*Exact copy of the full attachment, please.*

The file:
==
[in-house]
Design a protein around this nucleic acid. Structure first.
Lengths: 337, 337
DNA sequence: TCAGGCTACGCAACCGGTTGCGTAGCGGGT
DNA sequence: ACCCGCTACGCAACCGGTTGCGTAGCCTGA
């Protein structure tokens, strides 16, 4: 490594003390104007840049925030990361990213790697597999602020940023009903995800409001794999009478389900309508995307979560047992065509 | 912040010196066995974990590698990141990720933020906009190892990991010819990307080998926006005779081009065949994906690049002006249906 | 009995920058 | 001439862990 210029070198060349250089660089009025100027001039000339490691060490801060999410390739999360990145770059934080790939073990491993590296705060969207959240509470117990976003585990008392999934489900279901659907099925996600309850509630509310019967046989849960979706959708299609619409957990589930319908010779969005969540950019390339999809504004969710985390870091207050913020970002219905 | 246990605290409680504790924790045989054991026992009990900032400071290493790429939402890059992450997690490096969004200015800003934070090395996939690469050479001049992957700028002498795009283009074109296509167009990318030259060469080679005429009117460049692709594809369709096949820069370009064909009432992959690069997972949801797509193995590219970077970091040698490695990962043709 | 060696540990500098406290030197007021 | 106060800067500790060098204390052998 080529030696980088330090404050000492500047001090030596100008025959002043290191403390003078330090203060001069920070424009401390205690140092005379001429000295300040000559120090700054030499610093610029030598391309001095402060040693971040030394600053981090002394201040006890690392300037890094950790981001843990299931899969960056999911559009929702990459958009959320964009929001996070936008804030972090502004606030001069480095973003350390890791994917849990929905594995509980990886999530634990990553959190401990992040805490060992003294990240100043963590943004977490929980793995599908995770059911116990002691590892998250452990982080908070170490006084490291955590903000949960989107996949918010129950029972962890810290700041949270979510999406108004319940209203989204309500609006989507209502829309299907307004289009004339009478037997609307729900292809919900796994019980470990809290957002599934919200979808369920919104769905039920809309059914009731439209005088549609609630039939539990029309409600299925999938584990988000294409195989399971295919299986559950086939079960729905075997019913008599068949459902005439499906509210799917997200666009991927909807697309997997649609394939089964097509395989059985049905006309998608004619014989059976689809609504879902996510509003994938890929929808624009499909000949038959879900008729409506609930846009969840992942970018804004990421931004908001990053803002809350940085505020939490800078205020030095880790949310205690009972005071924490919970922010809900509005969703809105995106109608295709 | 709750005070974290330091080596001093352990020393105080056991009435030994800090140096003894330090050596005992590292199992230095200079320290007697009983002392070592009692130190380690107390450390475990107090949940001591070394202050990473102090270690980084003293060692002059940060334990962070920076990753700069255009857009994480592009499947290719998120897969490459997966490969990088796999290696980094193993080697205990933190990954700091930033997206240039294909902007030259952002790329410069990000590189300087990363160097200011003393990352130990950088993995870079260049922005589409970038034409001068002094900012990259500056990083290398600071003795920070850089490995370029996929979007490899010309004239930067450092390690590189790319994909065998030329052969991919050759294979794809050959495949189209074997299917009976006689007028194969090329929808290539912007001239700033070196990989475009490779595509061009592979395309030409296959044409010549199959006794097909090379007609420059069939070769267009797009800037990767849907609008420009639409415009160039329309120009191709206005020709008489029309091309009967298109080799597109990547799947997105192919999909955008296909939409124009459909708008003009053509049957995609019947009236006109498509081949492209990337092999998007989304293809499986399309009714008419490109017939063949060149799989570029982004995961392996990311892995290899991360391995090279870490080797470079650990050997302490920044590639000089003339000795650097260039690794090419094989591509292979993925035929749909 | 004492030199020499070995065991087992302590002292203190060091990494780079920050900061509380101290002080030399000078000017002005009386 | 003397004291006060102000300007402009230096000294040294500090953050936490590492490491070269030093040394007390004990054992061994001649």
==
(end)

[in-house]
Design a protein around this nucleic acid. Structure first.
Lengths: 337, 337
DNA sequence: TCAGGCTACGCAACCGGTTGCGTAGCGGGT
DNA sequence: ACCCGCTACGCAACCGGTTGCGTAGCCTGA
């Protein structure tokens, strides 16, 4: 490594003390104007840049925030990361990213790697597999602020940023009903995800409001794999009478389900309508995307979560047992065509 | 912040010196066995974990590698990141990720933020906009190892990991010819990307080998926006005779081009065949994906690049002006249906 | 009995920058 | 001439862990 210029070198060349250089660089009025100027001039000339490691060490801060999410390739999360990145770059934080790939073990491993590296705060969207959240509470117990976003585990008392999934489900279901659907099925996600309850509630509310019967046989849960979706959708299609619409957990589930319908010779969005969540950019390339999809504004969710985390870091207050913020970002219905 | 246990605290409680504790924790045989054991026992009990900032400071290493790429939402890059992450997690490096969004200015800003934070090395996939690469050479001049992957700028002498795009283009074109296509167009990318030259060469080679005429009117460049692709594809369709096949820069370009064909009432992959690069997972949801797509193995590219970077970091040698490695990962043709 | 060696540990500098406290030197007021 | 106060800067500790060098204390052998 080529030696980088330090404050000492500047001090030596100008025959002043290191403390003078330090203060001069920070424009401390205690140092005379001429000295300040000559120090700054030499610093610029030598391309001095402060040693971040030394600053981090002394201040006890690392300037890094950790981001843990299931899969960056999911559009929702990459958009959320964009929001996070936008804030972090502004606030001069480095973003350390890791994917849990929905594995509980990886999530634990990553959190401990992040805490060992003294990240100043963590943004977490929980793995599908995770059911116990002691590892998250452990982080908070170490006084490291955590903000949960989107996949918010129950029972962890810290700041949270979510999406108004319940209203989204309500609006989507209502829309299907307004289009004339009478037997609307729900292809919900796994019980470990809290957002599934919200979808369920919104769905039920809309059914009731439209005088549609609630039939539990029309409600299925999938584990988000294409195989399971295919299986559950086939079960729905075997019913008599068949459902005439499906509210799917997200666009991927909807697309997997649609394939089964097509395989059985049905006309998608004619014989059976689809609504879902996510509003994938890929929808624009499909000949038959879900008729409506609930846009969840992942970018804004990421931004908001990053803002809350940085505020939490800078205020030095880790949310205690009972005071924490919970922010809900509005969703809105995106109608295709 | 709750005070974290330091080596001093352990020393105080056991009435030994800090140096003894330090050596005992590292199992230095200079320290007697009983002392070592009692130190380690107390450390475990107090949940001591070394202050990473102090270690980084003293060692002059940060334990962070920076990753700069255009857009994480592009499947290719998120897969490459997966490969990088796999290696980094193993080697205990933190990954700091930033997206240039294909902007030259952002790329410069990000590189300087990363160097200011003393990352130990950088993995870079260049922005589409970038034409001068002094900012990259500056990083290398600071003795920070850089490995370029996929979007490899010309004239930067450092390690590189790319994909065998030329052969991919050759294979794809050959495949189209074997299917009976006689007028194969090329929808290539912007001239700033070196990989475009490779595509061009592979395309030409296959044409010549199959006794097909090379007609420059069939070769267009797009800037990767849907609008420009639409415009160039329309120009191709206005020709008489029309091309009967298109080799597109990547799947997105192919999909955008296909939409124009459909708008003009053509049957995609019947009236006109498509081949492209990337092999998007989304293809499986399309009714008419490109017939063949060149799989570029982004995961392996990311892995290899991360391995090279870490080797470079650990050997302490920044590639000089003339000795650097260039690794090419094989591509292979993925035929749909 | 004492030199020499070995065991087992302590002292203190060091990494780079920050900061509380101290002080030399000078000017002005009386 | 003397004291006060102000300007402009230096000294040294500090953050936490590492490491070269030093040394007390004990054992061994001649």